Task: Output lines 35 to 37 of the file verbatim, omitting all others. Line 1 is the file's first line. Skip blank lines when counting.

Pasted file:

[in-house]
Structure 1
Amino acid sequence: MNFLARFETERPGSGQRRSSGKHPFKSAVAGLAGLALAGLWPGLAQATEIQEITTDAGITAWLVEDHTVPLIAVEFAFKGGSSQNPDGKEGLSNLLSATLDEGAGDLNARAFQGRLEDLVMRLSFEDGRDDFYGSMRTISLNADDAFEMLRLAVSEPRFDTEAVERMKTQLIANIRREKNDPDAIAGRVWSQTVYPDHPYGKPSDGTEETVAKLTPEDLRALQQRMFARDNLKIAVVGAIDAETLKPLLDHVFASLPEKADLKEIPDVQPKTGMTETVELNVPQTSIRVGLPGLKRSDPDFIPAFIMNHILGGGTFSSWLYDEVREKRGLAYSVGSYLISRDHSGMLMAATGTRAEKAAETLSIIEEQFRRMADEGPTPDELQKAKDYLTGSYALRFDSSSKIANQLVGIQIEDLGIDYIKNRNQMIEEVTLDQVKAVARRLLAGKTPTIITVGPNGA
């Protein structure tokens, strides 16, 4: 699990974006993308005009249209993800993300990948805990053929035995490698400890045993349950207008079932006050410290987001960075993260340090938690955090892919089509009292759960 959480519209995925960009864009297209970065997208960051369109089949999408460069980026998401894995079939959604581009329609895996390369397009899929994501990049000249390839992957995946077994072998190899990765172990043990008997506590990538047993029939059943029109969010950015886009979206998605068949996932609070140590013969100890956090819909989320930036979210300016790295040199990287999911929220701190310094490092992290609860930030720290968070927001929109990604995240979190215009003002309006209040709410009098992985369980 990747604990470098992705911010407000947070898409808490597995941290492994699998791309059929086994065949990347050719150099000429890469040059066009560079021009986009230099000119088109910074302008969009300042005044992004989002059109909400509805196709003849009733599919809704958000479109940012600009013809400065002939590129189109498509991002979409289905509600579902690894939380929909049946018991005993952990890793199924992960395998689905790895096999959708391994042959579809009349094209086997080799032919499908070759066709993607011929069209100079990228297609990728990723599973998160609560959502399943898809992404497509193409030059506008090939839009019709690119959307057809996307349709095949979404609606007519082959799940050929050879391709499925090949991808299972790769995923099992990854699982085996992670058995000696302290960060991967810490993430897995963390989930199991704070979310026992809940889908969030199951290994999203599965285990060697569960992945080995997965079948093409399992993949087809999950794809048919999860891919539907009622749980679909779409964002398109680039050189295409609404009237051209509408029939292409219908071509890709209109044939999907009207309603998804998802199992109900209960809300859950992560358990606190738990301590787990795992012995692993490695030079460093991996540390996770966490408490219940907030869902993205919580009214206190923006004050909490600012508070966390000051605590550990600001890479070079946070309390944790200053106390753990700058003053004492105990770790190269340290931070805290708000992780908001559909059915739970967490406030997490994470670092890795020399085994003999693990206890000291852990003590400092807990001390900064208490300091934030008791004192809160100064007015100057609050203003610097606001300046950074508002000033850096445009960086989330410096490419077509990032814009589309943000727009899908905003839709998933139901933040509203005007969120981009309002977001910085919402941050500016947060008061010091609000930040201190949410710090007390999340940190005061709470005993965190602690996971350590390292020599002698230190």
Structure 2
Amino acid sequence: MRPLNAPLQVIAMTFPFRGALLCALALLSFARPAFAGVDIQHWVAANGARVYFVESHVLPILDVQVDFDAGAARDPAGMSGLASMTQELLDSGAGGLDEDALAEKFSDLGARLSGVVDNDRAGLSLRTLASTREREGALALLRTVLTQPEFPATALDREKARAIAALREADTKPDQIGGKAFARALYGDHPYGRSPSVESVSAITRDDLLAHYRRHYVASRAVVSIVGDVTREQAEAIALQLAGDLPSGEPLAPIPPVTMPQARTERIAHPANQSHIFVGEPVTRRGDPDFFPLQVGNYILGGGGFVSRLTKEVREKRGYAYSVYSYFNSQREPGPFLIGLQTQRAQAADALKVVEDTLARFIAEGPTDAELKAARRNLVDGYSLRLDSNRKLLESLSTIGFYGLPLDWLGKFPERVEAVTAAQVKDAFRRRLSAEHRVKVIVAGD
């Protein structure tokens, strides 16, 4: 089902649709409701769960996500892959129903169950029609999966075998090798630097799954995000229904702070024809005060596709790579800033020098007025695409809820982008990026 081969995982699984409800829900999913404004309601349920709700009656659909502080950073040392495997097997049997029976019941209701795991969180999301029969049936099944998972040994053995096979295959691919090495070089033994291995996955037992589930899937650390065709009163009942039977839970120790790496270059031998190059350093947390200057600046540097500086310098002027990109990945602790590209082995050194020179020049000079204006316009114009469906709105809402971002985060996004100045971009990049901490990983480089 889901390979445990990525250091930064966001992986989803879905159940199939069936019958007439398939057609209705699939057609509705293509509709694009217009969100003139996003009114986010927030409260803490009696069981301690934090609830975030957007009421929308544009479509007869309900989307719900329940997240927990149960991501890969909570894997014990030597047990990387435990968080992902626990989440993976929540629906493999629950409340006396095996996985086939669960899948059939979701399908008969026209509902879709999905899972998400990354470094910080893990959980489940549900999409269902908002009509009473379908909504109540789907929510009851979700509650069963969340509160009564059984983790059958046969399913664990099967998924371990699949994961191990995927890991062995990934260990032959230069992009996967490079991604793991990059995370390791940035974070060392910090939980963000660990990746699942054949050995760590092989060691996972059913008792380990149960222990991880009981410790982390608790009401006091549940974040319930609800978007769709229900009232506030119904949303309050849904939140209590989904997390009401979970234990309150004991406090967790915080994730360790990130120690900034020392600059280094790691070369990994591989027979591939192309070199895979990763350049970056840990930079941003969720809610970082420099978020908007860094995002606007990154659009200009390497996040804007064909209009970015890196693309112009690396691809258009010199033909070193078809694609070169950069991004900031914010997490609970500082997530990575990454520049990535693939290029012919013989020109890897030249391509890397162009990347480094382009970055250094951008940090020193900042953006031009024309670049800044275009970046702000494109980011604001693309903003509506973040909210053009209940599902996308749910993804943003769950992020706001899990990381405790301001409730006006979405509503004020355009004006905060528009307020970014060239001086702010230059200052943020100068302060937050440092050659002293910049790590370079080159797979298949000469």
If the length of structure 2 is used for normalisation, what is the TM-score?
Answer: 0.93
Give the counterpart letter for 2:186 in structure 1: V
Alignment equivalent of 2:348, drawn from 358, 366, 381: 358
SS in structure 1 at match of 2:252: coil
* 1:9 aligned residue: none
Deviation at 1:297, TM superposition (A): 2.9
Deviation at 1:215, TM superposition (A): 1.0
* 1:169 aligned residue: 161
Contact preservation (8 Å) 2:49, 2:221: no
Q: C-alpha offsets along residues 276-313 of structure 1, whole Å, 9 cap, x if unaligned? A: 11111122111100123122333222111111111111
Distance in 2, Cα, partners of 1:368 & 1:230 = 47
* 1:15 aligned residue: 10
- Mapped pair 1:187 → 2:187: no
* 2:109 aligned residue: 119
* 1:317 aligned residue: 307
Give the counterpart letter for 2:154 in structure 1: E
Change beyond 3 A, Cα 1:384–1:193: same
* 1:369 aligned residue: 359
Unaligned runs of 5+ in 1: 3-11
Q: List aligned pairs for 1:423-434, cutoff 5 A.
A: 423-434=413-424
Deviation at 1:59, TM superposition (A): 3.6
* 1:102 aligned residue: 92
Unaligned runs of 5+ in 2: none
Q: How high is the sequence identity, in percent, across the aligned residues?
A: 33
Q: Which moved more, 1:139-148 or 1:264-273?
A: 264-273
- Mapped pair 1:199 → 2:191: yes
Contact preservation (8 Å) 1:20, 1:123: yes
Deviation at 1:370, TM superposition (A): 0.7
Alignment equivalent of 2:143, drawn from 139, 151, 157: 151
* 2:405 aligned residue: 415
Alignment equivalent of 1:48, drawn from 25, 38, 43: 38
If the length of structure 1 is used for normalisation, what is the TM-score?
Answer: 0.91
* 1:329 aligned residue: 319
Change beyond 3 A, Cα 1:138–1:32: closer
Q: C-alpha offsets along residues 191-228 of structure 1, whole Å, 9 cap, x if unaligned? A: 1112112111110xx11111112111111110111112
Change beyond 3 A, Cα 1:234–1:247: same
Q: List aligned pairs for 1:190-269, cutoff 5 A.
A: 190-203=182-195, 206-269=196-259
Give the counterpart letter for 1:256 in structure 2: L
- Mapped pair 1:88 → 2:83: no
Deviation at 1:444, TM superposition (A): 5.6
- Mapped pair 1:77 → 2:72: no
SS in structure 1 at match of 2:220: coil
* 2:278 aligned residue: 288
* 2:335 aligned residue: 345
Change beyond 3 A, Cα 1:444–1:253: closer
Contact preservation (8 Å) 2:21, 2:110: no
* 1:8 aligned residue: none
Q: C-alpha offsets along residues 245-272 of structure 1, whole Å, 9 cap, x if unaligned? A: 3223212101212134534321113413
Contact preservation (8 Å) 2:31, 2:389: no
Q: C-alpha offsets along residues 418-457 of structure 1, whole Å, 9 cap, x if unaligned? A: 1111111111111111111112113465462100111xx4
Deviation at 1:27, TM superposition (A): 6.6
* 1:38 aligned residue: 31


Q: Which moved more, 1:139-148 or 1:264-273?
A: 264-273
- Mapped pair 1:199 → 2:191: yes